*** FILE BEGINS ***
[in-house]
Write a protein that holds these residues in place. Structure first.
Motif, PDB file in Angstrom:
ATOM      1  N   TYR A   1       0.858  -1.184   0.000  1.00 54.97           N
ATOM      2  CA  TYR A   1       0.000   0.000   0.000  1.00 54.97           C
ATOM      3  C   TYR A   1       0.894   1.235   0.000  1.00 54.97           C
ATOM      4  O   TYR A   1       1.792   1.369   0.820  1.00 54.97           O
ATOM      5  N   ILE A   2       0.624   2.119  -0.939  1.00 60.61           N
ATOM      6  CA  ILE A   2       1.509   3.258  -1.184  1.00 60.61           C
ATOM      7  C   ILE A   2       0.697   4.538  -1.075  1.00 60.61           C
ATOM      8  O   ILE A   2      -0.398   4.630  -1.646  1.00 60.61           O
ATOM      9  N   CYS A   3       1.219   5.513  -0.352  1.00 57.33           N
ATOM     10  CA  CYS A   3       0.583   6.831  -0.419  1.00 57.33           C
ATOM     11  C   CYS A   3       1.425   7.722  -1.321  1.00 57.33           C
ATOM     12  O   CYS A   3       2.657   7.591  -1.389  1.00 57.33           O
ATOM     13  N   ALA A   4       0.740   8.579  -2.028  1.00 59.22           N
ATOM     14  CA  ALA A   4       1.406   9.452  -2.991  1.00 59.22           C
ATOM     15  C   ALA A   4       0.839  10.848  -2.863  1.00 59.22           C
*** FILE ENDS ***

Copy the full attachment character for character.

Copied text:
[in-house]
Write a protein that holds these residues in place. Structure first.
Motif, PDB file in Angstrom:
ATOM      1  N   TYR A   1       0.858  -1.184   0.000  1.00 54.97           N
ATOM      2  CA  TYR A   1       0.000   0.000   0.000  1.00 54.97           C
ATOM      3  C   TYR A   1       0.894   1.235   0.000  1.00 54.97           C
ATOM      4  O   TYR A   1       1.792   1.369   0.820  1.00 54.97           O
ATOM      5  N   ILE A   2       0.624   2.119  -0.939  1.00 60.61           N
ATOM      6  CA  ILE A   2       1.509   3.258  -1.184  1.00 60.61           C
ATOM      7  C   ILE A   2       0.697   4.538  -1.075  1.00 60.61           C
ATOM      8  O   ILE A   2      -0.398   4.630  -1.646  1.00 60.61           O
ATOM      9  N   CYS A   3       1.219   5.513  -0.352  1.00 57.33           N
ATOM     10  CA  CYS A   3       0.583   6.831  -0.419  1.00 57.33           C
ATOM     11  C   CYS A   3       1.425   7.722  -1.321  1.00 57.33           C
ATOM     12  O   CYS A   3       2.657   7.591  -1.389  1.00 57.33           O
ATOM     13  N   ALA A   4       0.740   8.579  -2.028  1.00 59.22           N
ATOM     14  CA  ALA A   4       1.406   9.452  -2.991  1.00 59.22           C
ATOM     15  C   ALA A   4       0.839  10.848  -2.863  1.00 59.22           C